Braving Brussels

A Belgian, an Italian, a German, a Liberian, a Brit, a Peruvian, an American couple and two Dutch siblings — these are just a few of those who died from last week’s attacks in Belgium.

Although these people all had the same fate, we, as a media-inspired community, have taken to separating these individuals on a global level.

At the end of the day, we forget that an eager student, a loving husband and wife, an executive secretary, a coach, a mourning relative, a computer programmer, a chef, a brother and a sister could have come from anywhere around the world.

It is time to recognize these acts of terror as a humanitarian calamity that transcends borders of race, religion and nationality.

As these terrorist attacks continue to enter our daily lives, it is inherent that the Western world take a step back from selfish 
bereavement.

Both Paris and Brussels represent an unfortunate realization that we only set our flags at half-mast when we feel the loss suits our own ideologies.

While it is a harsh acknowledgment, it is altogether necessary in order to pop the bubble that our Twitter feeds, Facebook statuses and Instagram posts have trapped us in.

What we see in the media is only a small snippet of the real world.

There are so many unheard voices that go right past the ears of 
English-speaking 
individuals.

This overwhelming ignorance has caused many to weigh events of terror against each other.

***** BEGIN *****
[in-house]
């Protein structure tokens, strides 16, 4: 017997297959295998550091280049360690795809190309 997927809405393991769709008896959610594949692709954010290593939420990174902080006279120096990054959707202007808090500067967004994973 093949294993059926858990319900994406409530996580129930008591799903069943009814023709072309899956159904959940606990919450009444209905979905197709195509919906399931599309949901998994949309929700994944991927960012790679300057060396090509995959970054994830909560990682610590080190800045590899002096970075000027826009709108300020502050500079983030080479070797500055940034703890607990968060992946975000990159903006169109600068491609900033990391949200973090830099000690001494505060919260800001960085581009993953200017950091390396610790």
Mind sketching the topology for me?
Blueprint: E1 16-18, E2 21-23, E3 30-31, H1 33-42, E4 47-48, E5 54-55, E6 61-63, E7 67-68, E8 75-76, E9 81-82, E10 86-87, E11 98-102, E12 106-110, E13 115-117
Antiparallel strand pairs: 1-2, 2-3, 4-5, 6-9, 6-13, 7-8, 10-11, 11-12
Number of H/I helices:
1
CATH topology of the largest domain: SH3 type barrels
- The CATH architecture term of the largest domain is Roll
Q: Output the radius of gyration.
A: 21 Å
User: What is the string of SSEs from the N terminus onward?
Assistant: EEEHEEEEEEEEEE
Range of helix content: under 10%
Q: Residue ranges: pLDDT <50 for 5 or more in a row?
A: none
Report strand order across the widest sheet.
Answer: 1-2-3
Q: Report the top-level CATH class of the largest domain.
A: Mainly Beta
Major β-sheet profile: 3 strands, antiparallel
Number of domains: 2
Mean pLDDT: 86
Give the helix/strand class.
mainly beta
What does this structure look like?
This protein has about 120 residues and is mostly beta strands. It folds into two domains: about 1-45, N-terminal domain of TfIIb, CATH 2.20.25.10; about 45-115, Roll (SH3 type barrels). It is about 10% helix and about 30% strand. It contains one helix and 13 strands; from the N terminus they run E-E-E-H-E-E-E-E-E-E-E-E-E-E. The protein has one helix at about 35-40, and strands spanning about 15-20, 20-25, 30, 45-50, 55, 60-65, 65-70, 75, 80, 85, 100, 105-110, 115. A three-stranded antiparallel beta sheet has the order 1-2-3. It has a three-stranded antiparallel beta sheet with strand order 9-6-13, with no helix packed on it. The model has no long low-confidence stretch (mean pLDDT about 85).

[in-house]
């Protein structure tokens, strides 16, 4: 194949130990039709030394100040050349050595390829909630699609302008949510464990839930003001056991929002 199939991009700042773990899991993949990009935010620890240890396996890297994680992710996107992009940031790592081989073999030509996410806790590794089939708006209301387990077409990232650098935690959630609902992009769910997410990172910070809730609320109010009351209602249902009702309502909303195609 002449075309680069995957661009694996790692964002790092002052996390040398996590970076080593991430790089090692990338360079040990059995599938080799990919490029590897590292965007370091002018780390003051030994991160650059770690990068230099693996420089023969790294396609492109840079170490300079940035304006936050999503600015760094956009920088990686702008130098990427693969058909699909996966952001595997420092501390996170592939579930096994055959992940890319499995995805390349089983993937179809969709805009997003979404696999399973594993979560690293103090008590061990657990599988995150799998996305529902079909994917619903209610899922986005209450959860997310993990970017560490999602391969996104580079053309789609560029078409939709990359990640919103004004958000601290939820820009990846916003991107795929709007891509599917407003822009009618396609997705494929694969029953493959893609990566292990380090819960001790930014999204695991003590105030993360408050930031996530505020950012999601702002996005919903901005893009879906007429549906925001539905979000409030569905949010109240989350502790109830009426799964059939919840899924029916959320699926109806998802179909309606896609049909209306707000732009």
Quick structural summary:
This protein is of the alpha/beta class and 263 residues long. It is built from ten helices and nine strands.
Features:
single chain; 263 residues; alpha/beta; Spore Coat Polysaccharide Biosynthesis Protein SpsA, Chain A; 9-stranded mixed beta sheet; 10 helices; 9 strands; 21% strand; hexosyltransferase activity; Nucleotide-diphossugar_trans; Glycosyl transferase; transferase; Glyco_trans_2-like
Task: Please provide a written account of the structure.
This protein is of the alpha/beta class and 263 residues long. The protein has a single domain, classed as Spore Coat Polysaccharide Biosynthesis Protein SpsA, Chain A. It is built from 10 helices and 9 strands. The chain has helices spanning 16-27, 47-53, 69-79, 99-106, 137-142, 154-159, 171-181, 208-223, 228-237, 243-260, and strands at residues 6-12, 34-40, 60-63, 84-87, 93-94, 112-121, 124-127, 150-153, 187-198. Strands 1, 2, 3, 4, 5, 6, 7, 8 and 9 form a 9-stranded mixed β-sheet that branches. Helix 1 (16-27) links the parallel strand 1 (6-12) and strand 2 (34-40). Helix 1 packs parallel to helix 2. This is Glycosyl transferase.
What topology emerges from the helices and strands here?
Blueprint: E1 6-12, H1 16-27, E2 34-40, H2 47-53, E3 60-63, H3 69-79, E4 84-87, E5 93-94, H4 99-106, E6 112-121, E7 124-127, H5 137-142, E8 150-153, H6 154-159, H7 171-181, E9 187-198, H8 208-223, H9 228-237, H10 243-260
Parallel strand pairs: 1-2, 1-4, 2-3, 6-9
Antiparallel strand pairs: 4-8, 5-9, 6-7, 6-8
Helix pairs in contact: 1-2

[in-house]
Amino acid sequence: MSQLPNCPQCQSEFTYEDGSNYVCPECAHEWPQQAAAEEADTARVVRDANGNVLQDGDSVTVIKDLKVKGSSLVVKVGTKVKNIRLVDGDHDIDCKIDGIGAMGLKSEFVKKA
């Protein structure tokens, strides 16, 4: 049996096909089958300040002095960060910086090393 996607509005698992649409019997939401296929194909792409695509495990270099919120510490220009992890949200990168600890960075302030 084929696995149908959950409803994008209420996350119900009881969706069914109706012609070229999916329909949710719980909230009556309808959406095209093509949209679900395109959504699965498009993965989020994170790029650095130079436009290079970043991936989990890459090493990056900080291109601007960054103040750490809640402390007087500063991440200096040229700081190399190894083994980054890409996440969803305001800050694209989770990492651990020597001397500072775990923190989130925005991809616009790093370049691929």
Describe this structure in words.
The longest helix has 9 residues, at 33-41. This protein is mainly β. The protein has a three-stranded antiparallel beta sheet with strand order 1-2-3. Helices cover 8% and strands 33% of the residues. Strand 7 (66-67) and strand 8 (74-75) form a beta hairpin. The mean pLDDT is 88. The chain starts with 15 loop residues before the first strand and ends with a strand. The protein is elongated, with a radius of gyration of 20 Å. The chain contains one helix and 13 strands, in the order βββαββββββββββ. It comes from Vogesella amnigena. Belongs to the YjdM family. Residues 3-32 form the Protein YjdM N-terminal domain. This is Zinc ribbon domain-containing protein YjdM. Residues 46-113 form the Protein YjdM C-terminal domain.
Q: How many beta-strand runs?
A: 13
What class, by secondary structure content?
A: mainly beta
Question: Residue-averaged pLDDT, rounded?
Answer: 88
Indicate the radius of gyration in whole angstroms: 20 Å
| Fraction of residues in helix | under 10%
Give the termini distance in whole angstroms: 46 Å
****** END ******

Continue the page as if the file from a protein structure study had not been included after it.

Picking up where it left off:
It is imperative to realize that the importance of one death cannot outweigh another, and those who are comparing these attacks are acting arbitrarily and 
selfishly.

In March alone, countless individuals of all philosophies have witnessed the horrors displayed in Turkey, Nigeria, Iraq, Syria, the Ivory Coast, Yemen and Pakistan.

These overlooked citizens, extremely horrified by the ghastly bloodshed, are overcome with fright.

However, many Americans do not grasp the graveness of these calamities.

By not accepting the legitimacy of foreign pleas, we discredit their fear as being a lesser-valued 
emotion.

We have become desensitized to the point where these far-off tragedies seem commonplace in comparison to more standard, westernized terrorist attacks.

As benefactors of freedom and impartiality, we need to put an end to this us-versus-them mentality.

We fail to recognize that we are all afraid because deep down, we know there is no tried and true method of handling this.

Now, the blame game is easier than ever to play in times of vulnerability.

This fear clouds everybody’s ability to think, which causes 
false perceptions.

By not acknowledging the horrors occurring in these African and Middle Eastern countries, we are actively mistaking our own teammates for opponents.

Conclusively, we must garner support against these terrors not nationally, but globally in order to promote equality and solidarity in a time of utmost importance.

The root of terrorism has nothing to do with the countries it occurs in.

Sooner rather than later we must realize terrorism is used as a tool to inspire fear in people of all 
nationalities.

This destruction is a matter that concerns us all as humans. It’s our job to unite and stand against it.

This article was originally published as an editorial for the Indiana Daily Student on 29 March 2016.

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